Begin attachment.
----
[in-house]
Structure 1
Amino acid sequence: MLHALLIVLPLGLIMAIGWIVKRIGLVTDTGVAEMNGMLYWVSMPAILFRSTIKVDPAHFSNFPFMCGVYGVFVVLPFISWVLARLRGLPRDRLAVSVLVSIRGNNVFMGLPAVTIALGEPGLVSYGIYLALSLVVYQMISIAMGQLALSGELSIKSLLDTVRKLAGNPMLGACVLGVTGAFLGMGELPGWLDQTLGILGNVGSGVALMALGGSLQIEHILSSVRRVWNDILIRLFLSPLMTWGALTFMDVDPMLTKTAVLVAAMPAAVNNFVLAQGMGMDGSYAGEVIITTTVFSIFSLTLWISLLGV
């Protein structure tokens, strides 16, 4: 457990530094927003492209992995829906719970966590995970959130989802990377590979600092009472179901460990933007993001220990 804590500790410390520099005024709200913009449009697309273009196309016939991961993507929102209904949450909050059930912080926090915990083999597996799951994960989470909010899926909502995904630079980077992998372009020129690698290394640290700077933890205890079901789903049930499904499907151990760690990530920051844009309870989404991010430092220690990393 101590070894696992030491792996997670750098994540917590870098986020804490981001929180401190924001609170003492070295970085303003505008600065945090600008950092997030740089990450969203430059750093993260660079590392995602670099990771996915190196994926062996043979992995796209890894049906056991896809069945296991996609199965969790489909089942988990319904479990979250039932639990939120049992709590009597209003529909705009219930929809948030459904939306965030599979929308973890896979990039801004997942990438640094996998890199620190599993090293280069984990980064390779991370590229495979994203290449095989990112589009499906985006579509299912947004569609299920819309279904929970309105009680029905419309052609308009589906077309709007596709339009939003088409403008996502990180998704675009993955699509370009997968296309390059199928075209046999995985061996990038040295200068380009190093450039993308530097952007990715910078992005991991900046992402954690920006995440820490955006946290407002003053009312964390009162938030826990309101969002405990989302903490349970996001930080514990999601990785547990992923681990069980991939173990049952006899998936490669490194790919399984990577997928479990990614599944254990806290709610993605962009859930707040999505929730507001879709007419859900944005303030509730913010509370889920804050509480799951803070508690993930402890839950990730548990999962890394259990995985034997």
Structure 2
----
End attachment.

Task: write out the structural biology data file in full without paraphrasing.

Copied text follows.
[in-house]
Structure 1
Amino acid sequence: MLHALLIVLPLGLIMAIGWIVKRIGLVTDTGVAEMNGMLYWVSMPAILFRSTIKVDPAHFSNFPFMCGVYGVFVVLPFISWVLARLRGLPRDRLAVSVLVSIRGNNVFMGLPAVTIALGEPGLVSYGIYLALSLVVYQMISIAMGQLALSGELSIKSLLDTVRKLAGNPMLGACVLGVTGAFLGMGELPGWLDQTLGILGNVGSGVALMALGGSLQIEHILSSVRRVWNDILIRLFLSPLMTWGALTFMDVDPMLTKTAVLVAAMPAAVNNFVLAQGMGMDGSYAGEVIITTTVFSIFSLTLWISLLGV
């Protein structure tokens, strides 16, 4: 457990530094927003492209992995829906719970966590995970959130989802990377590979600092009472179901460990933007993001220990 804590500790410390520099005024709200913009449009697309273009196309016939991961993507929102209904949450909050059930912080926090915990083999597996799951994960989470909010899926909502995904630079980077992998372009020129690698290394640290700077933890205890079901789903049930499904499907151990760690990530920051844009309870989404991010430092220690990393 101590070894696992030491792996997670750098994540917590870098986020804490981001929180401190924001609170003492070295970085303003505008600065945090600008950092997030740089990450969203430059750093993260660079590392995602670099990771996915190196994926062996043979992995796209890894049906056991896809069945296991996609199965969790489909089942988990319904479990979250039932639990939120049992709590009597209003529909705009219930929809948030459904939306965030599979929308973890896979990039801004997942990438640094996998890199620190599993090293280069984990980064390779991370590229495979994203290449095989990112589009499906985006579509299912947004569609299920819309279904929970309105009680029905419309052609308009589906077309709007596709339009939003088409403008996502990180998704675009993955699509370009997968296309390059199928075209046999995985061996990038040295200068380009190093450039993308530097952007990715910078992005991991900046992402954690920006995440820490955006946290407002003053009312964390009162938030826990309101969002405990989302903490349970996001930080514990999601990785547990992923681990069980991939173990049952006899998936490669490194790919399984990577997928479990990614599944254990806290709610993605962009859930707040999505929730507001879709007419859900944005303030509730913010509370889920804050509480799951803070508690993930402890839950990730548990999962890394259990995985034997």
Structure 2